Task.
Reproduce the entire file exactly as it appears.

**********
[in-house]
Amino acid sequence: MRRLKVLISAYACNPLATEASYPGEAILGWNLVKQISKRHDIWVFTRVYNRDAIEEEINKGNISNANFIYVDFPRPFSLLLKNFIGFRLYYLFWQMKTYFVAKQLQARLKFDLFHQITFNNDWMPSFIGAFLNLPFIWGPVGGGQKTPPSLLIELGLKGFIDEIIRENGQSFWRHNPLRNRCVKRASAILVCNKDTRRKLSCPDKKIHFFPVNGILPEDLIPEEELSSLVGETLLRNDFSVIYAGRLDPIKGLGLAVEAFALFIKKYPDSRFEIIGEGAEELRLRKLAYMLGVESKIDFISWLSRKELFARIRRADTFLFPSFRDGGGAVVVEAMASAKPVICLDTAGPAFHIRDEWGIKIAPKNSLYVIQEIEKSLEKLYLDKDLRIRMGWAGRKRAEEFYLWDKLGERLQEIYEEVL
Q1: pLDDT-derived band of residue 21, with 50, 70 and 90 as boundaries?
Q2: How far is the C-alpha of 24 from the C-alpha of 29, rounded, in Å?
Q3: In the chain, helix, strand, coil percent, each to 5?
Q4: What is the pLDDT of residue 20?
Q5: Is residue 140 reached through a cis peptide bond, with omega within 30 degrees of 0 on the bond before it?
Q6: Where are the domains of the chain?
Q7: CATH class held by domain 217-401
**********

[in-house]
Amino acid sequence: MRRLKVLISAYACNPLATEASYPGEAILGWNLVKQISKRHDIWVFTRVYNRDAIEEEINKGNISNANFIYVDFPRPFSLLLKNFIGFRLYYLFWQMKTYFVAKQLQARLKFDLFHQITFNNDWMPSFIGAFLNLPFIWGPVGGGQKTPPSLLIELGLKGFIDEIIRENGQSFWRHNPLRNRCVKRASAILVCNKDTRRKLSCPDKKIHFFPVNGILPEDLIPEEELSSLVGETLLRNDFSVIYAGRLDPIKGLGLAVEAFALFIKKYPDSRFEIIGEGAEELRLRKLAYMLGVESKIDFISWLSRKELFARIRRADTFLFPSFRDGGGAVVVEAMASAKPVICLDTAGPAFHIRDEWGIKIAPKNSLYVIQEIEKSLEKLYLDKDLRIRMGWAGRKRAEEFYLWDKLGERLQEIYEEVL
Q1: pLDDT-derived band of residue 21, with 50, 70 and 90 as boundaries?
Q2: How far is the C-alpha of 24 from the C-alpha of 29, rounded, in Å?
Q3: In the chain, helix, strand, coil percent, each to 5?
Q4: What is the pLDDT of residue 20?
Q5: Is residue 140 reached through a cis peptide bond, with omega within 30 degrees of 0 on the bond before it?
Q6: Where are the domains of the chain?
Q7: CATH class held by domain 217-401